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Larry Summer's European Tour: How the EU Will Survive

November 12, 2012, 12:00 AM
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"All men will become brothers under thy gentle wing." Thus sings the chorus in the final movement of Beethoven's 9th Symphony, which serves as the anthem of the European Union. 

That phrase rings rather hollow these days as Spaniards suffering through 25 percent unemployment burn effigies of German Chancellor Angela Merkel. While some argue that the worst of Europe's financial crisis appears to be over, the EU still faces enormous challenges. And these are challenges that could impact world markets and also put the U.S. recovery in peril.   

Speaking at The Nantucket Project, a festival of ideas that takes place on Nantucket, Massachusetts, former U.S. Treasury Secretary Larry Summers said that we should bet on the EU staying together. Nonetheless, "if forced to make a choice between almost any failure in teutonic monetary virtue and the collapse of monetary union," Summers argued, politicians in Europe will likely choose the collapse of monetary virtue.

Watch the video here:

What's the Big Idea?

As Summers pointed out, the bailout cash is flowing in one direction -- from central Europe to countries like Greece. If Greece leaves the EU, Summers argued, it will force more austerity, not less. That is why he predicts that Greece will stay the course.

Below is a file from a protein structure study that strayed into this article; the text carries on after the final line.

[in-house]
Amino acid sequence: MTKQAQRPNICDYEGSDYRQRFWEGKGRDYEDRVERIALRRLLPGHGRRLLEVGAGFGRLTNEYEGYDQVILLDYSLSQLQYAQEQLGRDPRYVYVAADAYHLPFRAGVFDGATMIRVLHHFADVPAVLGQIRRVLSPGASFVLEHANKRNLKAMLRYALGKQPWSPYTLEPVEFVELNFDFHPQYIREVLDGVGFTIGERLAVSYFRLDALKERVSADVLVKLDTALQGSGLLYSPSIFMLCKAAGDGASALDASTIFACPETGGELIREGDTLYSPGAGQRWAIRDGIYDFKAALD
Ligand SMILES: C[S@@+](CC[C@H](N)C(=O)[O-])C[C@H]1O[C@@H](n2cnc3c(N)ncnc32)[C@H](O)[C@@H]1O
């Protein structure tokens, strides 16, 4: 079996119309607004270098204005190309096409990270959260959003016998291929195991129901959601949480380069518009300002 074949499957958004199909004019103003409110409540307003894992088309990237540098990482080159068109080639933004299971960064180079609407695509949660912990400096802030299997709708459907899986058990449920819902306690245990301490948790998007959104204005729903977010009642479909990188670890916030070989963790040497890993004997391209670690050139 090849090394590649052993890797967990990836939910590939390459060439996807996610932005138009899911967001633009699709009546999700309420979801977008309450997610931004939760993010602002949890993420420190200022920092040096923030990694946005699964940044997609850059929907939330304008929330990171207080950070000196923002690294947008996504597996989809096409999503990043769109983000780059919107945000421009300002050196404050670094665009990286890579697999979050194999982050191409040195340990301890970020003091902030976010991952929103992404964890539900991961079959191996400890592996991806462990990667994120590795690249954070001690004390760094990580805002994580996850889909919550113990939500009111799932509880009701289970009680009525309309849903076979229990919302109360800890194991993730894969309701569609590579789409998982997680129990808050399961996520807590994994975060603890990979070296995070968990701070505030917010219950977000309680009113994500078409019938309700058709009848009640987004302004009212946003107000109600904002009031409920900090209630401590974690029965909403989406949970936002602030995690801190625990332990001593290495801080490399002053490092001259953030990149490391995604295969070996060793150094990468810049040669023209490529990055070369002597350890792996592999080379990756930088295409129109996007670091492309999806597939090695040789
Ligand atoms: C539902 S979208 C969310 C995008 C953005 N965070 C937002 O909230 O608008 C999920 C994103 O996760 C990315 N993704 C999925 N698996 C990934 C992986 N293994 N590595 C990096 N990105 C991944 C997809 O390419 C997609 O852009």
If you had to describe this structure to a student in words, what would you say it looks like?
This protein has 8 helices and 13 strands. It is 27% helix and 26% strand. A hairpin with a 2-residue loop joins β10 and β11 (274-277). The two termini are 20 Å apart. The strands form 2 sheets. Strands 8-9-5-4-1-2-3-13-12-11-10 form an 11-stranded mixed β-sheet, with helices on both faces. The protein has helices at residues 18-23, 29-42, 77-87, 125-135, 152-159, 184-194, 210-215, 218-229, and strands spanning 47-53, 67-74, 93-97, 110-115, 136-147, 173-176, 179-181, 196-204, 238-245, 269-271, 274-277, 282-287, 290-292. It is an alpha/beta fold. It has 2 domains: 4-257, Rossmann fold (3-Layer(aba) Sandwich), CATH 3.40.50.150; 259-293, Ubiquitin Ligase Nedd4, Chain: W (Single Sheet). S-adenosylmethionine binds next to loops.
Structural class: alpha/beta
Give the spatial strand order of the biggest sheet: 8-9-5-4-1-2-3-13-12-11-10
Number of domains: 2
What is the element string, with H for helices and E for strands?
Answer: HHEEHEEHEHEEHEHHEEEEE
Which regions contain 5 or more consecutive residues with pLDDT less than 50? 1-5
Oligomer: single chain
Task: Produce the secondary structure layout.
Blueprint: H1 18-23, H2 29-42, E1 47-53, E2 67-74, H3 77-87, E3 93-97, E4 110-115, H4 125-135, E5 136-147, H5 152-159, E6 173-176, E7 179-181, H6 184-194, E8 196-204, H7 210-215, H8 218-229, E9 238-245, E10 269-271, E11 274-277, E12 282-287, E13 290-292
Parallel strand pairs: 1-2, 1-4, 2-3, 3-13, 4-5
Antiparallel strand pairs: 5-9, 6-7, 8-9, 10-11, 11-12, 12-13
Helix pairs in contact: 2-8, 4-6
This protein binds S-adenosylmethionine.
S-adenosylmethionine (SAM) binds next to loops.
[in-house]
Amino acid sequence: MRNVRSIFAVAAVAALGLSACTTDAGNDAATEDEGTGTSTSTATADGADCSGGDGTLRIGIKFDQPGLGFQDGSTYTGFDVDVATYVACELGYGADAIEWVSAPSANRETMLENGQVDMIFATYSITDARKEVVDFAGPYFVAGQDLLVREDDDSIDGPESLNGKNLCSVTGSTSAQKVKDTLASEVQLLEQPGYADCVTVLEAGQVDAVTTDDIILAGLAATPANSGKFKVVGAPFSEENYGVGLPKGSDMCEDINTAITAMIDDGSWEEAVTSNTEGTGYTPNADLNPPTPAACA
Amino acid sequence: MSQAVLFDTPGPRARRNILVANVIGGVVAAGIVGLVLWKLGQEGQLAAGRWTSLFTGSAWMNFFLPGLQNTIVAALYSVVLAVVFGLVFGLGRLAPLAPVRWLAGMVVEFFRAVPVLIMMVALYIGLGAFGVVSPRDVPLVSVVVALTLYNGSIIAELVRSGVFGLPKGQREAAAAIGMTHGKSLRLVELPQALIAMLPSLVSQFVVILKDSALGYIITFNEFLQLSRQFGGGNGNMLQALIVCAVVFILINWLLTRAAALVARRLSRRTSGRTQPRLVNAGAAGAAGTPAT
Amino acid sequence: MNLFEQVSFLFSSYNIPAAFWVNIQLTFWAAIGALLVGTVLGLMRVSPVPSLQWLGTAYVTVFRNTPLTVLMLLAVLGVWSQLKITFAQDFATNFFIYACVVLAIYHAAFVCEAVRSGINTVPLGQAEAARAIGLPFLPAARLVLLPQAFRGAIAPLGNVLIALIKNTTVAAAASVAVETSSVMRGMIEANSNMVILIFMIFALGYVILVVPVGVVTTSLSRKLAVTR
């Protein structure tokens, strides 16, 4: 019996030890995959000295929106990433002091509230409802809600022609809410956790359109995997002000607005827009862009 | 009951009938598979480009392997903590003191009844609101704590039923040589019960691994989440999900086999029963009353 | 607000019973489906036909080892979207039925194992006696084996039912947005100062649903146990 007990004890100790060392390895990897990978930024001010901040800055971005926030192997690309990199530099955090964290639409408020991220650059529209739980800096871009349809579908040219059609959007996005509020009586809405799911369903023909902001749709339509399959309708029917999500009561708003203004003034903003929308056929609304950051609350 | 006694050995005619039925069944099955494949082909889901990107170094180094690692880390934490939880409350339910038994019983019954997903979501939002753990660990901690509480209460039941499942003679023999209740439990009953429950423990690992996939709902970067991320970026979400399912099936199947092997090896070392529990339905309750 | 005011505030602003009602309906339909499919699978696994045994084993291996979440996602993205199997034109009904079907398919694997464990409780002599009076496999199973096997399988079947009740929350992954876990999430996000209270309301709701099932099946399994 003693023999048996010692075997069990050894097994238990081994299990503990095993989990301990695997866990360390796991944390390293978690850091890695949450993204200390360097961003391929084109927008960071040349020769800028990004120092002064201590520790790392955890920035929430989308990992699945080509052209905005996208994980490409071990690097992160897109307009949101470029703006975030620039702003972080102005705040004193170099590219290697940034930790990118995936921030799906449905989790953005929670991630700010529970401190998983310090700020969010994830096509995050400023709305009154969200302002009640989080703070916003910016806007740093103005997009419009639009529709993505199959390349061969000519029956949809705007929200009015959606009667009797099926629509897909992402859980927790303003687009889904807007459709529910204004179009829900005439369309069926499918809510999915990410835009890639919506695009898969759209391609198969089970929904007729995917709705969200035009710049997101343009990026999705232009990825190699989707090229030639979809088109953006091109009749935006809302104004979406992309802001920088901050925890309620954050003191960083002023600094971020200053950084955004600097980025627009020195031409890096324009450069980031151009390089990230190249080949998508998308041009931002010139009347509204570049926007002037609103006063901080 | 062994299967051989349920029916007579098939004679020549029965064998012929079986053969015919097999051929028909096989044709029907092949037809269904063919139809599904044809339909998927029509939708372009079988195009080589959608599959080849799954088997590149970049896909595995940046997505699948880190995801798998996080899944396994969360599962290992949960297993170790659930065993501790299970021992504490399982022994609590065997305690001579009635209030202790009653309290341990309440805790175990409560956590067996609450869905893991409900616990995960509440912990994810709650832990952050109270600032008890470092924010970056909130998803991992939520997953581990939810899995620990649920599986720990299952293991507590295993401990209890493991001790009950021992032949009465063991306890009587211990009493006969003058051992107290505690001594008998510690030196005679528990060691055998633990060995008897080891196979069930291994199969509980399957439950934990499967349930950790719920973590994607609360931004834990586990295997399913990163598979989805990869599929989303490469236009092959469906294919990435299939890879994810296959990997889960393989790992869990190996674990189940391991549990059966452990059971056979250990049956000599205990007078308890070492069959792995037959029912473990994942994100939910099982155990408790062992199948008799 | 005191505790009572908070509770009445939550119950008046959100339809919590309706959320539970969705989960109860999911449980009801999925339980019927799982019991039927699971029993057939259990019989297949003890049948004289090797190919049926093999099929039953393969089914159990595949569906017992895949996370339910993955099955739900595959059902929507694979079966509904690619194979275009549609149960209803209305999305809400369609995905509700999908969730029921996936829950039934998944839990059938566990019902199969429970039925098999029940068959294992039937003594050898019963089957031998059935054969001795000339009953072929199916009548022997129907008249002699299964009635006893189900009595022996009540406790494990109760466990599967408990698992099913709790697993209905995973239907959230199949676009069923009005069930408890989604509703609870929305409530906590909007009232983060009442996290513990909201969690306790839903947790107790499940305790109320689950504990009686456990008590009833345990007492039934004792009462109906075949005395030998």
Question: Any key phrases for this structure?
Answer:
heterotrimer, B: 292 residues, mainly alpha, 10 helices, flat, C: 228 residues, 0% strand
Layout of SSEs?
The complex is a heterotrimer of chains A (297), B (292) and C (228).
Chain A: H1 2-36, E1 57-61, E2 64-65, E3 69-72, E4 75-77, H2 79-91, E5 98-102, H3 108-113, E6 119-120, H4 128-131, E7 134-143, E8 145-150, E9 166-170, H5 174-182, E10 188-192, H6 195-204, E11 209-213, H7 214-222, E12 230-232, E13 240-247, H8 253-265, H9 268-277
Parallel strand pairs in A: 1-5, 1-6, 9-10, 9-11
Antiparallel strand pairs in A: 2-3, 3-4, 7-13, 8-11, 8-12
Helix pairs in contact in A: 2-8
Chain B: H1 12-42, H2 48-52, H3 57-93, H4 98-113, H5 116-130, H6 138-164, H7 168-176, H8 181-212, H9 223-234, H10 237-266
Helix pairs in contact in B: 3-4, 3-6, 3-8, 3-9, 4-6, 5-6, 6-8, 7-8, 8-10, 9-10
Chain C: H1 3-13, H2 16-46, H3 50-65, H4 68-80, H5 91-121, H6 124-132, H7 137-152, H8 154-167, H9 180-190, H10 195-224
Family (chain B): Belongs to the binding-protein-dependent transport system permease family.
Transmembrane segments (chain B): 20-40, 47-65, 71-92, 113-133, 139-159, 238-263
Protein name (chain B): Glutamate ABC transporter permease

But what about the political risks for Germany? Former Thomson Reuters CEO and panel moderator Tom Glocer pointed out that Gerhard Schröder lost his chancellorship "putting forward the reforms that ultimately helped put Germany on the right track." So what should Merkel do? 

Summers pointed out there are two approaches Merkel can take. One involves radical transparency. "One way to make a transfer to a country is to vote a foreign aid appropriation," Summers said. But what if that type of transparency makes the option no longer politically tenable?

Another way "is to participate in a multilateral bank-clearing mechanism to provide guarantees to offshore inter-bank deposits," Summers said. "If you do it the second way, it's a lot less clear what's going on. But it's likely to be a lot more publicly acceptable." 

So what will happen?

Summers predicted we'll see "substantial non-transparent transfers over the next several years."

What's the Significance?

There are some politically correct words, like freedom and democracy that everybody loves so much that we forget how to think critically about them. The Carlyle Group co-founder David Rubenstein, who also participated on the Nantucket panel, argued that transparency has become another one of those buzz words. It's not always a good thing in the business context, for instance, because information overload has overtaken our ability to make intelligent decisions about all of this information.

Similarly, in the political context, radical transparency is often held up as an unquestioned virtue, even though it can get in the way of making much-needed deals and compromises. 

As Larry Summers concluded, "you'd have to be a brave man to argue the principle that having absolute radical transparency and clarity that makes [multilateral bank-clearing mechanism to provide guarantees to offshore inter-bank deposits] completely understood to every German tabloid reader will make the world a better place." Summers says radical non-transparency, on the other hand, "is not an entirely comfortable value that I'm defending in a democratic society."

Image courtesy of Shutterstock

Follow Daniel Honan on Twitter @Daniel Honan

To learn more about The Nantucket Project and how to attend the 2013 event visit nantucketproject.com.

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